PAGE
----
Members of congress also issued calls for aid restrictions. “U.S. taxpayer funds should not and must not be used to support those who threaten U.S. security, our interests, and our vital ally, Israel,” said Rep. Ileana Ros-Lehtinen, the chair of the House Foreign Affairs Committee, in a statement yesterday evening.
“A unity government with Hamas would put U.S. assistance and support at risk, based on restrictions I authored as Chair of the House Appropriations Subcommittee on State and Foreign Operations,” said Nita Lowey, the highest-ranking Democrat on the House Foreign Aid Committee. Rep. Gary Ackerman issued a statement that the U.S. would be “compelled by both law and decency” to withhold aid.
Not only would a unity government with Hamas undercut peace efforts, the U.S. would be sending taxpayer money to a terrorist organization. These statements from lawmakers represent the minimum of what we should be doing to prevent this action from going forward. Expect more members of congress to join this call.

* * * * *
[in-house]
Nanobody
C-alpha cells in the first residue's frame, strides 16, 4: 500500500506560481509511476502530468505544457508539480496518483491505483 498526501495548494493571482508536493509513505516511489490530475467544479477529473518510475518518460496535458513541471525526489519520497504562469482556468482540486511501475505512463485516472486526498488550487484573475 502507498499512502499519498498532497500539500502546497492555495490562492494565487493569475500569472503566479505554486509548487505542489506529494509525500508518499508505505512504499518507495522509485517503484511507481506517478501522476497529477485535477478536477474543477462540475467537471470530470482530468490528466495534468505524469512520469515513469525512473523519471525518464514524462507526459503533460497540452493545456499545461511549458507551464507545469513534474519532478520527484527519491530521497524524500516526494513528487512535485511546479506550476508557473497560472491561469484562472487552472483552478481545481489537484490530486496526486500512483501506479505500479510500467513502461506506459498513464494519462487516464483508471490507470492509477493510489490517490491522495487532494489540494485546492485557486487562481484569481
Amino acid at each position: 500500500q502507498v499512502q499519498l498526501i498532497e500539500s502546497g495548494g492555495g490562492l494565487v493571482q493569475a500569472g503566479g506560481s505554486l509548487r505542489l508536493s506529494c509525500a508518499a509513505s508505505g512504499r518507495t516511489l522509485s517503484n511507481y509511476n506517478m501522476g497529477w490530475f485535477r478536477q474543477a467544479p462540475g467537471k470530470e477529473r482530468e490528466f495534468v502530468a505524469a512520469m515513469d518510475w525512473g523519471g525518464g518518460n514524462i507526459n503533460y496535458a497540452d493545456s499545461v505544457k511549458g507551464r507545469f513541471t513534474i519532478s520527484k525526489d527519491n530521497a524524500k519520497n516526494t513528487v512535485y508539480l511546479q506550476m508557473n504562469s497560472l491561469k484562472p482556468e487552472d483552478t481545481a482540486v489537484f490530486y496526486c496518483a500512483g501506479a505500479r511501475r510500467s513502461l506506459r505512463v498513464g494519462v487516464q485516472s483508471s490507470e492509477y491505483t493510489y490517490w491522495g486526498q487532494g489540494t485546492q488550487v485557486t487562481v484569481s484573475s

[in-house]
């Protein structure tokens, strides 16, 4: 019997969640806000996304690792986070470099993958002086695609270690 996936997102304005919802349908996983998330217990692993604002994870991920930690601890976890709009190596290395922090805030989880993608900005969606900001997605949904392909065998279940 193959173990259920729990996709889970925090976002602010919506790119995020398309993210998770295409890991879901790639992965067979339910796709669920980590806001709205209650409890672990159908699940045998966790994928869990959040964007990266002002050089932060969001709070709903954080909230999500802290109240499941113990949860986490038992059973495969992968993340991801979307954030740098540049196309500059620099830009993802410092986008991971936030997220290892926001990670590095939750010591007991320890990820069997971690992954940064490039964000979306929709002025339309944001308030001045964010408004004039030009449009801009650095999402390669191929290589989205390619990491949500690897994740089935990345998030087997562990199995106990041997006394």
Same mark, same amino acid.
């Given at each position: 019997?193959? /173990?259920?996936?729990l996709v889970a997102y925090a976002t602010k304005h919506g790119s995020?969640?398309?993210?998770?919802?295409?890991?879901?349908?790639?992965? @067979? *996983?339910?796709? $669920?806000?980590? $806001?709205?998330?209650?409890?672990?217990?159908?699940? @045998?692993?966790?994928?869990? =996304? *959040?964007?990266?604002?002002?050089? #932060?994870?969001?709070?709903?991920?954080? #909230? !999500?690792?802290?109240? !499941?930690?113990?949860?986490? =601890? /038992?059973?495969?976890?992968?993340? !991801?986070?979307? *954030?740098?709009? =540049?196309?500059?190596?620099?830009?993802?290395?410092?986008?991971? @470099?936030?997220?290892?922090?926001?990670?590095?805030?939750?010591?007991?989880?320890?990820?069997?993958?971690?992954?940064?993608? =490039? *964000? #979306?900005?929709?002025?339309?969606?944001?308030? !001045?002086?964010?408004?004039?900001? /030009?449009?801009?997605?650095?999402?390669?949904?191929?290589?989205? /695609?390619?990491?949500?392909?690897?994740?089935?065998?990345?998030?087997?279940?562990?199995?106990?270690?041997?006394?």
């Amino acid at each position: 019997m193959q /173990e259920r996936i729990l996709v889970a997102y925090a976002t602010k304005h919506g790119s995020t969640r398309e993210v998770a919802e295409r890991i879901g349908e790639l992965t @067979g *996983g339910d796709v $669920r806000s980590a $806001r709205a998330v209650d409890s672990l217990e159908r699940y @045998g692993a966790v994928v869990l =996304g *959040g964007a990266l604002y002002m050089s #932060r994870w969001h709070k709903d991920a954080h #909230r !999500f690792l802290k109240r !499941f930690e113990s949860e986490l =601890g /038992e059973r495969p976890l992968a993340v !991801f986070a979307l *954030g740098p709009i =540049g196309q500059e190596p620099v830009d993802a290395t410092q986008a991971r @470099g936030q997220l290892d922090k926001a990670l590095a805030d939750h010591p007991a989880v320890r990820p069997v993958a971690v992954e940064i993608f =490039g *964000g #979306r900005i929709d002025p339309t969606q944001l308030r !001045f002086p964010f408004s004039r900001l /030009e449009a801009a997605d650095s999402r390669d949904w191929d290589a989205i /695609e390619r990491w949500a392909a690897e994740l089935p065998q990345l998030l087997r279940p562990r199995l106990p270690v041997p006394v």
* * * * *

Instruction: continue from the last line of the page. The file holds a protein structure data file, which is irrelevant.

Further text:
In a recent Financial Times op-ed, Brent Scowcroft writes, “The nature of the new Middle East cannot be known until the festering sore of the occupied territories is removed.”
This is an absurd claim. Whatever one thinks of the settlements, the Arab Spring has shown that the Israeli-Palestinian conflict is not—as people like Scowcroft, who served as national security adviser to Presidents Gerald Ford and George H. W. Bush, have been arguing for years now—at the core of the troubles plaguing the Arab Middle East. The so-called “occupation” is not the obstacle to free and flourishing Arab societies. It is not the irritant that is causing unrest within Arab societies. In fact, what is striking about the revolution sweeping the Arab world is how totally beside the point Israel is. The uprisings in Iran, Syria, Bahrain, Saudi Arabia, Yemen, Egypt, Libya, Tunisia, and elsewhere are driven not by animus toward Israeli or solidarity for the Palestinian cause; they are a reaction against Arab despotism. What is happening in the Middle East, in fact, utterly undermines Scowcroft’s thesis. But Scowcroft is wed to a theory he embraced long ago and has hermetically sealed off from evidence. Bad theories, like bad habits, die hard. Maybe harder.